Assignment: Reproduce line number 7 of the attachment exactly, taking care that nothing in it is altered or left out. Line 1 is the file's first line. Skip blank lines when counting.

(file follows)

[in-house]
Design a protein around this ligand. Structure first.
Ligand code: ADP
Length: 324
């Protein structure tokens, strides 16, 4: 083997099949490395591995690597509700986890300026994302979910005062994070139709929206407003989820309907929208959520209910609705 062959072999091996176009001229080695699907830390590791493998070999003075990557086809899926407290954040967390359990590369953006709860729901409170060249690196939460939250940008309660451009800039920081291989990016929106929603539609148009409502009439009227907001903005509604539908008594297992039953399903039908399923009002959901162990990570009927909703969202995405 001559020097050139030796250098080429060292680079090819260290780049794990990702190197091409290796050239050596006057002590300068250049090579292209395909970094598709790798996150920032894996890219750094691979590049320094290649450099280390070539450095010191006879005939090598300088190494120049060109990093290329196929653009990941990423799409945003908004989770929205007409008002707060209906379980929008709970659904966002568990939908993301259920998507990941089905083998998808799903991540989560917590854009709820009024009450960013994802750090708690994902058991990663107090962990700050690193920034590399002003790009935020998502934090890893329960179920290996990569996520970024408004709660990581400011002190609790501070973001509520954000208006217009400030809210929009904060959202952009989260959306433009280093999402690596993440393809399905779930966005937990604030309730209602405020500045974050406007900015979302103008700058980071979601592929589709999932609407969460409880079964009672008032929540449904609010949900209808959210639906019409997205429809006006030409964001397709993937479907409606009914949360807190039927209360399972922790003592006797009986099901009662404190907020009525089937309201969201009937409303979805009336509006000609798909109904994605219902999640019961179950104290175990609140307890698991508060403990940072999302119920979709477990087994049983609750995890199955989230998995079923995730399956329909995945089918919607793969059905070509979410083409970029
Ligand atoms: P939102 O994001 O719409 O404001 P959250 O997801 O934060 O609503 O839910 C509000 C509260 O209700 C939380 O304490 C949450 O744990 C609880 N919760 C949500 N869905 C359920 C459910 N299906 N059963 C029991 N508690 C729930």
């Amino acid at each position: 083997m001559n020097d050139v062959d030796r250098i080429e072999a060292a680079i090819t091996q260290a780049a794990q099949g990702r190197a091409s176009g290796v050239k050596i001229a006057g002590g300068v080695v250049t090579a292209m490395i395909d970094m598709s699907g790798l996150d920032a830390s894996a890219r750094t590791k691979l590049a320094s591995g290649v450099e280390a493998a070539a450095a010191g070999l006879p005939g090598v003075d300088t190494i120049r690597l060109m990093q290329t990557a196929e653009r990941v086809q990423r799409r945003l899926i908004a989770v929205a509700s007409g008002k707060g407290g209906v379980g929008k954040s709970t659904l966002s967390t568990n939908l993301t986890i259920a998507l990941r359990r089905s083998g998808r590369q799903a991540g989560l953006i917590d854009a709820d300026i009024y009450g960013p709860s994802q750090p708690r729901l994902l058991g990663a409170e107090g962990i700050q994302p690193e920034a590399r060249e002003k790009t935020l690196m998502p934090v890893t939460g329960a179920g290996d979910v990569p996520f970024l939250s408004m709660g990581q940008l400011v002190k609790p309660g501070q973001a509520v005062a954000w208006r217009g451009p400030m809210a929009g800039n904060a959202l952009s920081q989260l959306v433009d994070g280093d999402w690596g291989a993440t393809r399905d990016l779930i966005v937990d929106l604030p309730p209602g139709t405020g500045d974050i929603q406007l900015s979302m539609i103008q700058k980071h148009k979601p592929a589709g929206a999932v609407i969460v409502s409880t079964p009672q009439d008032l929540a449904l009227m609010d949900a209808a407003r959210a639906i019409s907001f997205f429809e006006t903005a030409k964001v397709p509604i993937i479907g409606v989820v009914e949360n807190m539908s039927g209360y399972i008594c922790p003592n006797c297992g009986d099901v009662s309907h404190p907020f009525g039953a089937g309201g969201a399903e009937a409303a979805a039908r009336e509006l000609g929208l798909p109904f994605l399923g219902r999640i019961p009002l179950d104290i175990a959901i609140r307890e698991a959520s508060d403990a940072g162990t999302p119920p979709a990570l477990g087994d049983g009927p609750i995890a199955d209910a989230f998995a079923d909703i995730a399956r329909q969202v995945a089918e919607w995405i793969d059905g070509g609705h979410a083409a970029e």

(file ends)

């Amino acid at each position: 083997m001559n020097d050139v062959d030796r250098i080429e072999a060292a680079i090819t091996q260290a780049a794990q099949g990702r190197a091409s176009g290796v050239k050596i001229a006057g002590g300068v080695v250049t090579a292209m490395i395909d970094m598709s699907g790798l996150d920032a830390s894996a890219r750094t590791k691979l590049a320094s591995g290649v450099e280390a493998a070539a450095a010191g070999l006879p005939g090598v003075d300088t190494i120049r690597l060109m990093q290329t990557a196929e653009r990941v086809q990423r799409r945003l899926i908004a989770v929205a509700s007409g008002k707060g407290g209906v379980g929008k954040s709970t659904l966002s967390t568990n939908l993301t986890i259920a998507l990941r359990r089905s083998g998808r590369q799903a991540g989560l953006i917590d854009a709820d300026i009024y009450g960013p709860s994802q750090p708690r729901l994902l058991g990663a409170e107090g962990i700050q994302p690193e920034a590399r060249e002003k790009t935020l690196m998502p934090v890893t939460g329960a179920g290996d979910v990569p996520f970024l939250s408004m709660g990581q940008l400011v002190k609790p309660g501070q973001a509520v005062a954000w208006r217009g451009p400030m809210a929009g800039n904060a959202l952009s920081q989260l959306v433009d994070g280093d999402w690596g291989a993440t393809r399905d990016l779930i966005v937990d929106l604030p309730p209602g139709t405020g500045d974050i929603q406007l900015s979302m539609i103008q700058k980071h148009k979601p592929a589709g929206a999932v609407i969460v409502s409880t079964p009672q009439d008032l929540a449904l009227m609010d949900a209808a407003r959210a639906i019409s907001f997205f429809e006006t903005a030409k964001v397709p509604i993937i479907g409606v989820v009914e949360n807190m539908s039927g209360y399972i008594c922790p003592n006797c297992g009986d099901v009662s309907h404190p907020f009525g039953a089937g309201g969201a399903e009937a409303a979805a039908r009336e509006l000609g929208l798909p109904f994605l399923g219902r999640i019961p009002l179950d104290i175990a959901i609140r307890e698991a959520s508060d403990a940072g162990t999302p119920p979709a990570l477990g087994d049983g009927p609750i995890a199955d209910a989230f998995a079923d909703i995730a399956r329909q969202v995945a089918e919607w995405i793969d059905g070509g609705h979410a083409a970029e």